Andreas Reborie, SV/PROG

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Andreas Reborie, SV/PROG

Also Known As: "Rebony", "Riborij", "Rebaure", "Reborie", "Reberie", "Andries"
Birthplace: Moutier, Moutier District, BE, Switzerland
Immediate Family:

Husband of Aletta Louisa Margaretha Ohlwagen, a1b11 SM
Father of Engel Frans Frederik Reborie, b...

Occupation: Chirurgijn van ’t regiment Meuron.
Managed by: Private User
Last Updated:

About Andreas Reborie, SV/PROG

7) Alette Louisa Olweg, get:d met den chirurgijn van ’t regiment Meuron, Andreas Rebaure, uijtlandig, -

The Meuron Regiment was created in 1781 with the help of the French authorities to serve the Dutch East Indies Company. Under the command of Count Charles de Meuron, a Neuchâtelois born in 1738, it included 1020 men, all Protestants and overwhelmingly Swiss, divided into 10 companies of 102 men. They served in South Africa and Ceylon. In 1795, the regiment was transferred to the English for the sum of five thousand pounds. But the Dutch were just fighting the British in Colombo, and did not go until February 1796. Only when the British took control of Ceylon did nearly all the 860 survivors of the regiment British army. -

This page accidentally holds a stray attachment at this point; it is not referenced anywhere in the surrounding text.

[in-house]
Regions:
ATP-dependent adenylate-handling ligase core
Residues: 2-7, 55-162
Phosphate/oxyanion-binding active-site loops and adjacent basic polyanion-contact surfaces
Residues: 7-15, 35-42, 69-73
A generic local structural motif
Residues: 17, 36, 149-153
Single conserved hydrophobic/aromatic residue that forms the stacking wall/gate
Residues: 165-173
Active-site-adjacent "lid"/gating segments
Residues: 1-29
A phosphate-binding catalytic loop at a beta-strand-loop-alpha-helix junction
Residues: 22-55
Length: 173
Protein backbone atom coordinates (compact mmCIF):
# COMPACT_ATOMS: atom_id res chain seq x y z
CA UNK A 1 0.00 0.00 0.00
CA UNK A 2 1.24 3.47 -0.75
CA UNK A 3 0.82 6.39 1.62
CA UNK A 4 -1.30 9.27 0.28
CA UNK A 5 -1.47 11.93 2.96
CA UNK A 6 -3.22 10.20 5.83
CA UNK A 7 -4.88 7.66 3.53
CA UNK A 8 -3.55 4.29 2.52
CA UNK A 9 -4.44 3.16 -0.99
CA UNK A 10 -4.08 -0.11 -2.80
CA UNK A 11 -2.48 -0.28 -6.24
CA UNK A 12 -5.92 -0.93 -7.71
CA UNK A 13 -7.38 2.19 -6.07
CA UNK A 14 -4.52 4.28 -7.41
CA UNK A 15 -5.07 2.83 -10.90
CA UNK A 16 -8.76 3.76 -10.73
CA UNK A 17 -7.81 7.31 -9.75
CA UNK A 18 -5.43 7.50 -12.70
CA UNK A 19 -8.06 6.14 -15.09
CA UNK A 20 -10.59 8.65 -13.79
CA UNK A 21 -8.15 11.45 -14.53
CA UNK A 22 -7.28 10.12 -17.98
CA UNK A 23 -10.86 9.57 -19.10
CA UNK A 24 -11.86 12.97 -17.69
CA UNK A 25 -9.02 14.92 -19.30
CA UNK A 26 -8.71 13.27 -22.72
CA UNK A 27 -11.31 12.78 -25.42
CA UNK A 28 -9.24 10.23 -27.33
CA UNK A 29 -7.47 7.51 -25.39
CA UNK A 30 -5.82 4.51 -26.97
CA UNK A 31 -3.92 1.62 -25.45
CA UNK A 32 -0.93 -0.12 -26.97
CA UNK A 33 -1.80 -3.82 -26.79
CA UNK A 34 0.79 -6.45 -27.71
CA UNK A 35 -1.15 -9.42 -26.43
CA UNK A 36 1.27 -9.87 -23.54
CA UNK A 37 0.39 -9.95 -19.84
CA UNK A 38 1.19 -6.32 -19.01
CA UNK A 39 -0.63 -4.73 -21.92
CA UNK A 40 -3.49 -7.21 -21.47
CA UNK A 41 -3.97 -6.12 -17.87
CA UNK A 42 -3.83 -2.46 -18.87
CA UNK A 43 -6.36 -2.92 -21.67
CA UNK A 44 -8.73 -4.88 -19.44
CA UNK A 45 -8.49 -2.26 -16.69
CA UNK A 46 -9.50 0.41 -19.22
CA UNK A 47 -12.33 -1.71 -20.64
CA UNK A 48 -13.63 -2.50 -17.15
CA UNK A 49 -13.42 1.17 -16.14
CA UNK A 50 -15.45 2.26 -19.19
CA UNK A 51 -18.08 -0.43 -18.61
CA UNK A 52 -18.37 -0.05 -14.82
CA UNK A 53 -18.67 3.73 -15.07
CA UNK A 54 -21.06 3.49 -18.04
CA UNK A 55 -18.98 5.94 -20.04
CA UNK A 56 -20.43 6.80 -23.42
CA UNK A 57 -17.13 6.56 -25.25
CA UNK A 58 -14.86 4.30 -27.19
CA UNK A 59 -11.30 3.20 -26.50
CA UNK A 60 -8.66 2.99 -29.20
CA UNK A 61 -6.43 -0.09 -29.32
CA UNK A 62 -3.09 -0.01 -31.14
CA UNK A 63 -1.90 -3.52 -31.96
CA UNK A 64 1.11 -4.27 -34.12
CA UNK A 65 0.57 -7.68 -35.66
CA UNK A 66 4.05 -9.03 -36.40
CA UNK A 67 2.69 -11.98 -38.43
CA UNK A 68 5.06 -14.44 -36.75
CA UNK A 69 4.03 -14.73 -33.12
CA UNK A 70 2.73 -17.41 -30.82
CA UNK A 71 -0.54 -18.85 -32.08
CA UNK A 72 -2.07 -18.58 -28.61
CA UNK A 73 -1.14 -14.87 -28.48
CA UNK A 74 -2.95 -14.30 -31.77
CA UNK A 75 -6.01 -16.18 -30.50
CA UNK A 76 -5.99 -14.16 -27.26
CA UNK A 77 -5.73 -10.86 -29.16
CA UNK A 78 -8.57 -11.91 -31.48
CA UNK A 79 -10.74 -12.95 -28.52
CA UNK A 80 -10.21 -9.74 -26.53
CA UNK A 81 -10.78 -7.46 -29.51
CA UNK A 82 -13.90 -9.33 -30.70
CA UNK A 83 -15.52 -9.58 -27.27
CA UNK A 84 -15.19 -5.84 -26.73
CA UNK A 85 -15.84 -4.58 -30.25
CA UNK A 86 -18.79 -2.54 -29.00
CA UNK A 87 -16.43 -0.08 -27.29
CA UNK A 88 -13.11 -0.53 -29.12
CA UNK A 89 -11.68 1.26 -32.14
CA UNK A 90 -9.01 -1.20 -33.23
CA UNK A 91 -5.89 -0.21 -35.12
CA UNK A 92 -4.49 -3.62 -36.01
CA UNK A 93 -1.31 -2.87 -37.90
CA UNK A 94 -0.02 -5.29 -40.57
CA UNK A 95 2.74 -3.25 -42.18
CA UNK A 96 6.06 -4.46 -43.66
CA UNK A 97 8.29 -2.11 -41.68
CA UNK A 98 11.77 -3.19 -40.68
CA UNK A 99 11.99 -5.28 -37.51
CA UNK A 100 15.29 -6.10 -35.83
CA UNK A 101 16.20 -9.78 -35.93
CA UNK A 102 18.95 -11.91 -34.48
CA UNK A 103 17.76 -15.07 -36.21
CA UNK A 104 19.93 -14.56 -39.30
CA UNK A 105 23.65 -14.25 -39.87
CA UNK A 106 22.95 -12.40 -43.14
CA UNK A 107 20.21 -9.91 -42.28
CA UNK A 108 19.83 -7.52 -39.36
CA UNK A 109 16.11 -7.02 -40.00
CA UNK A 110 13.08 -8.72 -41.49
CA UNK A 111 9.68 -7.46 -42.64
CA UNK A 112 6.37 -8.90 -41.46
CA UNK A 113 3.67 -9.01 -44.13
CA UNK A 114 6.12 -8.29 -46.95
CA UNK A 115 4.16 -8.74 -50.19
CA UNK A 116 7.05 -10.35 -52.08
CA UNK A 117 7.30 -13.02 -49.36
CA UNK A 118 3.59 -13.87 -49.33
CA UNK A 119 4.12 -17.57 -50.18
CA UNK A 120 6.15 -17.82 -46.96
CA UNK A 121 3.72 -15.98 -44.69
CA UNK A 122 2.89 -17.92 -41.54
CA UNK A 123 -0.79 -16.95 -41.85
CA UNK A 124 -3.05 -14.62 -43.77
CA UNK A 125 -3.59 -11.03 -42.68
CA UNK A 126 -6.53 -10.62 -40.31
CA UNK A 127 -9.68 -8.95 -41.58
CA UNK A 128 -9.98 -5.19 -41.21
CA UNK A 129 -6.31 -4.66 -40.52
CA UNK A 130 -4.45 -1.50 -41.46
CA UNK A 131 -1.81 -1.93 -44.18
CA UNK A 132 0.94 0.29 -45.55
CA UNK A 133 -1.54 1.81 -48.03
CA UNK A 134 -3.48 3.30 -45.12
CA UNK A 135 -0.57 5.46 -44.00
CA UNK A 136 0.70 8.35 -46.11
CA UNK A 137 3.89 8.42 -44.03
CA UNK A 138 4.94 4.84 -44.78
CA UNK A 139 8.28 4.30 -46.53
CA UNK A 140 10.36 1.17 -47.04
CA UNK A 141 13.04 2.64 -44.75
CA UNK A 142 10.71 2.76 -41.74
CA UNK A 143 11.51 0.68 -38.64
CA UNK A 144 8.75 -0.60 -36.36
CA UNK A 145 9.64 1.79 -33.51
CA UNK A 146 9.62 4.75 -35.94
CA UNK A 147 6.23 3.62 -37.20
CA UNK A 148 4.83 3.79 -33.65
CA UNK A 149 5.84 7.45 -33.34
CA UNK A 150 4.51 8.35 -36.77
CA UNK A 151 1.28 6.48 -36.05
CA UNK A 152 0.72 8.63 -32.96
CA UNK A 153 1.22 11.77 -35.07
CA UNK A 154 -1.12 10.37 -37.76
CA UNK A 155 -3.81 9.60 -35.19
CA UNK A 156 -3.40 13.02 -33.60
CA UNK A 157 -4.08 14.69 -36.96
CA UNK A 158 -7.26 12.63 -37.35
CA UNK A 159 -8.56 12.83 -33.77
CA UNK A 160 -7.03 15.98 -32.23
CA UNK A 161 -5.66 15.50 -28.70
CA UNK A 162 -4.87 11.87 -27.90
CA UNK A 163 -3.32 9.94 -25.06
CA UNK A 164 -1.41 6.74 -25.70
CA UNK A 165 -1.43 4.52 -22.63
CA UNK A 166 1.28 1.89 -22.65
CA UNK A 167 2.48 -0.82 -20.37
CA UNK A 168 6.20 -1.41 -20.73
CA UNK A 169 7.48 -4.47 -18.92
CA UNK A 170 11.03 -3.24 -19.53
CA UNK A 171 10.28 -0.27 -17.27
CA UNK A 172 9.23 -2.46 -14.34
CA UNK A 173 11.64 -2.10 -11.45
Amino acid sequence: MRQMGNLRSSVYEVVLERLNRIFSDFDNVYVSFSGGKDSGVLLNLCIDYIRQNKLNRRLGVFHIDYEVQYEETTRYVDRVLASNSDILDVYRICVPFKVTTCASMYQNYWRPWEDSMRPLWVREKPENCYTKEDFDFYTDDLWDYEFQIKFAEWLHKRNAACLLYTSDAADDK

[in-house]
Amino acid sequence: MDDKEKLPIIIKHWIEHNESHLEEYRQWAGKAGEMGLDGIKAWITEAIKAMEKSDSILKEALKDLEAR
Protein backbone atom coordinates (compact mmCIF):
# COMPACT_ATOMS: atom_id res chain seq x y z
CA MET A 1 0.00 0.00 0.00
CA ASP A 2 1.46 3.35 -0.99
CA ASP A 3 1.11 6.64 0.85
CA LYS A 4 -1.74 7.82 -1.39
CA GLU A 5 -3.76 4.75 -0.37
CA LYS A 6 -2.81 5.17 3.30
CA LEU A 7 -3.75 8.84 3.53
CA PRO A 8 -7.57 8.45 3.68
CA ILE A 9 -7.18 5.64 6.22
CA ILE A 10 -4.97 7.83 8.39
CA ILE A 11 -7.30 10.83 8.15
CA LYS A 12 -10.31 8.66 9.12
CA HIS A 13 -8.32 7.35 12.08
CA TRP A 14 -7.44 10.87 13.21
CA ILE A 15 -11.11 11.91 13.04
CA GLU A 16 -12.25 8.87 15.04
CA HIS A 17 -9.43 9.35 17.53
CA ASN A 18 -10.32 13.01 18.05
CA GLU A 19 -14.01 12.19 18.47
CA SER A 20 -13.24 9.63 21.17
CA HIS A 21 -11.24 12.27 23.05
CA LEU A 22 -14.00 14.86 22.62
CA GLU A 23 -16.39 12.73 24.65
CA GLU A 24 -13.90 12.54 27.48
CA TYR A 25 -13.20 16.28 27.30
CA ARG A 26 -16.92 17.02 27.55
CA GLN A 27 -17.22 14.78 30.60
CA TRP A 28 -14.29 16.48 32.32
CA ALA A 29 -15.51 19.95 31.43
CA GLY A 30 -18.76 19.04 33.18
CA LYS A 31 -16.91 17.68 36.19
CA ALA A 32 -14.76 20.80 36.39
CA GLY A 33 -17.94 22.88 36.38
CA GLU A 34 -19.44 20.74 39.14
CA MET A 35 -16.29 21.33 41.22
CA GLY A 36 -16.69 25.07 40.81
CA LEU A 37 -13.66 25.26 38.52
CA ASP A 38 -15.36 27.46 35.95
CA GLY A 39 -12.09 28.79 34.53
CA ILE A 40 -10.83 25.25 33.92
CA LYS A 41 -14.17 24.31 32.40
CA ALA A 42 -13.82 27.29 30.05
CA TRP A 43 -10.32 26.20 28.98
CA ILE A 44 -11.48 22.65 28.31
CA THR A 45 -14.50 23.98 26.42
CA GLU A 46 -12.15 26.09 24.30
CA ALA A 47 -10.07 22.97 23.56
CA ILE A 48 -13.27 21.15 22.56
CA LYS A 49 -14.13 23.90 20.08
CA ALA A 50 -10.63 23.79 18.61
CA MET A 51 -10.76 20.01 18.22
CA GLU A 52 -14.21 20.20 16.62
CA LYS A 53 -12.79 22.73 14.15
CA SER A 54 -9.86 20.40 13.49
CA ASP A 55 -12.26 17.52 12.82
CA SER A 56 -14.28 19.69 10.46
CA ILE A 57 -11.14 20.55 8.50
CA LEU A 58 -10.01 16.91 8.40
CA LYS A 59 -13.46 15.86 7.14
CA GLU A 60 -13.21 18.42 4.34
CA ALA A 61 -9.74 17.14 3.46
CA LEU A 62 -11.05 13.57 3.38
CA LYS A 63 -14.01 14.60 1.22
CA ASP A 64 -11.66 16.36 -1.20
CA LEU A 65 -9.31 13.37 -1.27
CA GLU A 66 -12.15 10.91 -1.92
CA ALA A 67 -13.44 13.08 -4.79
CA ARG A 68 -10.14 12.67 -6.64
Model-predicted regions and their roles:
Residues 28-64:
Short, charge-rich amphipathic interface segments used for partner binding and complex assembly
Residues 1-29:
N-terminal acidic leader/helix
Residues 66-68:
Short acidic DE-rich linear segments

On January 7, 1782, the regiment landed in Cape Towns, only to re-embark shortly on the ship ‘Hermione’ to Ceylon to help the Suffren's forces in India. The De Meuron Regiment took part in the expulsion of the British from Cuddalore, which was "sorely beset by the English under General Stuart.

After peace, the De Meuron Regiment shared garrison duty with the French Regiment de Pondicherry, in Cape Town. Many duels were fought between the men of the two regiments. Tensions were developing between the Swiss and their French Allies', and between the English and Dutch settlers on the Cape of Good Hope. Many of the regiment deserted at this time, enticed by the Dutch Boers to become farmhands. The Regiment de Wurtenburg eventually relieved the De Meuron Regiment in time to prevent complete disintegration.

In 1786 the De Meuron Regiment was sent back to Ceylon, leaving in Cape Town a detachment of 33 men. Governor van Angelbeek, in Colombo, governed Ceylon at this time and while in Ceylon, the regiment answered to him and to Colonel Pierre de Meuron, brother of Comte Charles de Meuron, who had returned to Switzerland. Some time during this period the regiment was "borrowed" from the Dutch by the French and the regiment served as marines on board a fleet operation against the British.

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